Borrowing Trouble? Student Loans, the Cost of Borrowing, and Implications for the Effectiveness of Need-Based Grant Aid
We use regression discontinuity and regression kink designs to estimate the impact of need-based grant aid on the borrowing and educational attainment of students enrolled in a large public university system. Pell Grant aid substantially reduces borrowing: among students who would borrow in the absence of a Pell Grant, every dollar of Pell Grant aid crowds-out over $1.80 of loans. A simple model illustrates that our findings are consistent with students facing a fixed cost of incurring debt. The presence of such a fixed cost may lead to the unintended consequence of additional grant aid decreasing some students' attainment. Empirically, we rule out all but modest average impacts of Pell Grant aid on attainment, and we provide suggestive evidence of heterogeneous effects consistent with our fixed-borrowing-cost model. We estimate an augmented Tobit model with random censoring thresholds to allow for heterogeneous fixed borrowing costs, and find that eliminating the fixed cost would increase borrowing by over 250 percent.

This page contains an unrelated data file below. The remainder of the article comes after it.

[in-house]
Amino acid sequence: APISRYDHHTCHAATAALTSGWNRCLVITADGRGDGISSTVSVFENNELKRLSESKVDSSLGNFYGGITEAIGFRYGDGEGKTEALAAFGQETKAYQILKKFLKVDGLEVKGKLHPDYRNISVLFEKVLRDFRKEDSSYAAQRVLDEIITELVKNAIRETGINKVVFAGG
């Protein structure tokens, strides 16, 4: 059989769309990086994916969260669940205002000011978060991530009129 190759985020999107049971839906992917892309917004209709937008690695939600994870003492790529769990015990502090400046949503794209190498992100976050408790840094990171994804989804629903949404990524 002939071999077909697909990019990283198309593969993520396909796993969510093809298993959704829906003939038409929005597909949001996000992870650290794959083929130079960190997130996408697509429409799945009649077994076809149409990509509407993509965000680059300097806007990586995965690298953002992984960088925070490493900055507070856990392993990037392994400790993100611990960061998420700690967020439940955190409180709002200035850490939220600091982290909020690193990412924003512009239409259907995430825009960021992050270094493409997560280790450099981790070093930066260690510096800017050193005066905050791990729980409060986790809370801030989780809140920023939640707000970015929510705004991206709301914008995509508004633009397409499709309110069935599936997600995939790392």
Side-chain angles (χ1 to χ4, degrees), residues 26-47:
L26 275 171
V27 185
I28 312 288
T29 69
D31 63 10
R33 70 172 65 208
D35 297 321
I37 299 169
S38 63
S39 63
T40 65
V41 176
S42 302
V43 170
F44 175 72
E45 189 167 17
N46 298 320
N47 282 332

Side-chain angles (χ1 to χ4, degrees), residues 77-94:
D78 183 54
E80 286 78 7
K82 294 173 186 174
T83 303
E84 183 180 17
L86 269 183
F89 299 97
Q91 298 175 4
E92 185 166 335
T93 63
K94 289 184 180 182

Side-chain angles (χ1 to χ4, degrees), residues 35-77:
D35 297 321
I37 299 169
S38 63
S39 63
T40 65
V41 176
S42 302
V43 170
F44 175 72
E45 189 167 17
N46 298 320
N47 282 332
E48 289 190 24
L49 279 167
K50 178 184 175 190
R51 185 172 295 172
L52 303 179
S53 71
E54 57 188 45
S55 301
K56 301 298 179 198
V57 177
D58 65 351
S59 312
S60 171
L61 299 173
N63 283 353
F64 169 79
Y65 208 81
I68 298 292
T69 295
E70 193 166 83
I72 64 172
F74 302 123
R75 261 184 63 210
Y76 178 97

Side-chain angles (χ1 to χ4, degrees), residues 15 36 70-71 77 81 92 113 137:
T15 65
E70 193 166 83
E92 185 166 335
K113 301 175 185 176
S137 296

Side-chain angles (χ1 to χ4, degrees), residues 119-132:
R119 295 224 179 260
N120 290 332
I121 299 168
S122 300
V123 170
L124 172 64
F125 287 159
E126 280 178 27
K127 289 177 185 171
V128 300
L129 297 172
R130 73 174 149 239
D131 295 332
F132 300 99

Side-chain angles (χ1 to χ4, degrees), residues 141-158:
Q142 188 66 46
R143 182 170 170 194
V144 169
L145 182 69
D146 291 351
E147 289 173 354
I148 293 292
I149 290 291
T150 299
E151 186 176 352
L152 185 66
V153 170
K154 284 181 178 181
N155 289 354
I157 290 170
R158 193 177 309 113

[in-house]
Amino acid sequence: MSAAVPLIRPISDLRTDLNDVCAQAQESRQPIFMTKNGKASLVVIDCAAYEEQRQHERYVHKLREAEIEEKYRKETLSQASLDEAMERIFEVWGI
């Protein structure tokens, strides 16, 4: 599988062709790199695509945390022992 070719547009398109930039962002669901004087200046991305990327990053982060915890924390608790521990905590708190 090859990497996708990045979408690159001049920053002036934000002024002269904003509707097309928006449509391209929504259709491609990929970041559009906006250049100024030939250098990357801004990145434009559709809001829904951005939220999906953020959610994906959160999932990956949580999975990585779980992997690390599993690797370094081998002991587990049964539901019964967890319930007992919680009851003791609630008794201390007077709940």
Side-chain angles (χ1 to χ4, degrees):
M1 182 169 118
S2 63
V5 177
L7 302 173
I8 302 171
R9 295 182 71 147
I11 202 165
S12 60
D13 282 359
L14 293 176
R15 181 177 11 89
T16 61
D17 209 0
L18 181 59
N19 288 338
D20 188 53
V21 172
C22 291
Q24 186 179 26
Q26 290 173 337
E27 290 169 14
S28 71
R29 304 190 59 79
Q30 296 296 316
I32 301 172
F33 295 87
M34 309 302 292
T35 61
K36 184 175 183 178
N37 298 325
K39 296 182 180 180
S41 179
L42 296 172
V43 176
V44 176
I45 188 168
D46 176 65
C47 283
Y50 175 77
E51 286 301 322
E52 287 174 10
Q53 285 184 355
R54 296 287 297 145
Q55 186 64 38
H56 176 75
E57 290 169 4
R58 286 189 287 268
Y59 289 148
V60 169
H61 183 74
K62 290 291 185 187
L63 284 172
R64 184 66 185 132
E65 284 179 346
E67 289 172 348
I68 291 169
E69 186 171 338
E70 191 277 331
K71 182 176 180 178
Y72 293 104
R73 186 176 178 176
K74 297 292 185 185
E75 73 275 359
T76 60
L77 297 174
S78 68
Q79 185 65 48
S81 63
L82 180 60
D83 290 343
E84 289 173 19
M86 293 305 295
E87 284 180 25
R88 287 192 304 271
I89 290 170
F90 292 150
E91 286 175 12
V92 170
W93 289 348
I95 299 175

Document Object Identifier (DOI): 10.3386/w20850
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